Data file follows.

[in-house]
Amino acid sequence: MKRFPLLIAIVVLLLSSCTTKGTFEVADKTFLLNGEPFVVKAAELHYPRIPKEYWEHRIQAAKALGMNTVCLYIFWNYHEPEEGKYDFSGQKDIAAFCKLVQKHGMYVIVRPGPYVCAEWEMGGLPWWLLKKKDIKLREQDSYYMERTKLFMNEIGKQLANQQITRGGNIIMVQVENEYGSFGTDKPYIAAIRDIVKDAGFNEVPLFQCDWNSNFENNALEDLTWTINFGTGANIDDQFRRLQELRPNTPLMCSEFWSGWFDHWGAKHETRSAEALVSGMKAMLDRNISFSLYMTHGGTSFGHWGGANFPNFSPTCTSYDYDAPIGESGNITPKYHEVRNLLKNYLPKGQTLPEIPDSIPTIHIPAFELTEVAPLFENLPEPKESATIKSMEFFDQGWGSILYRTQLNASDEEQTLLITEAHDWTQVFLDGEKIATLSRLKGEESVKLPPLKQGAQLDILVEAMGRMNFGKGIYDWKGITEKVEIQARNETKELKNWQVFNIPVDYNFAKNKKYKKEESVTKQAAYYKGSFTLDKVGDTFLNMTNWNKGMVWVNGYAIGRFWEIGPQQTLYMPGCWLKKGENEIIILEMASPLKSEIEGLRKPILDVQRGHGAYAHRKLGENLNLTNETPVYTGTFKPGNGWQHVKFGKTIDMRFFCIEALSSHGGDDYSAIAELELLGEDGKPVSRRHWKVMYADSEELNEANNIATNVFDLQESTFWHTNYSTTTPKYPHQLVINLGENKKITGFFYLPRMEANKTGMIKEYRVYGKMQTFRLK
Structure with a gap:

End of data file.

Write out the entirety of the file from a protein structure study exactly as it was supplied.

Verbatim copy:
[in-house]
Amino acid sequence: MKRFPLLIAIVVLLLSSCTTKGTFEVADKTFLLNGEPFVVKAAELHYPRIPKEYWEHRIQAAKALGMNTVCLYIFWNYHEPEEGKYDFSGQKDIAAFCKLVQKHGMYVIVRPGPYVCAEWEMGGLPWWLLKKKDIKLREQDSYYMERTKLFMNEIGKQLANQQITRGGNIIMVQVENEYGSFGTDKPYIAAIRDIVKDAGFNEVPLFQCDWNSNFENNALEDLTWTINFGTGANIDDQFRRLQELRPNTPLMCSEFWSGWFDHWGAKHETRSAEALVSGMKAMLDRNISFSLYMTHGGTSFGHWGGANFPNFSPTCTSYDYDAPIGESGNITPKYHEVRNLLKNYLPKGQTLPEIPDSIPTIHIPAFELTEVAPLFENLPEPKESATIKSMEFFDQGWGSILYRTQLNASDEEQTLLITEAHDWTQVFLDGEKIATLSRLKGEESVKLPPLKQGAQLDILVEAMGRMNFGKGIYDWKGITEKVEIQARNETKELKNWQVFNIPVDYNFAKNKKYKKEESVTKQAAYYKGSFTLDKVGDTFLNMTNWNKGMVWVNGYAIGRFWEIGPQQTLYMPGCWLKKGENEIIILEMASPLKSEIEGLRKPILDVQRGHGAYAHRKLGENLNLTNETPVYTGTFKPGNGWQHVKFGKTIDMRFFCIEALSSHGGDDYSAIAELELLGEDGKPVSRRHWKVMYADSEELNEANNIATNVFDLQESTFWHTNYSTTTPKYPHQLVINLGENKKITGFFYLPRMEANKTGMIKEYRVYGKMQTFRLK
Structure with a gap: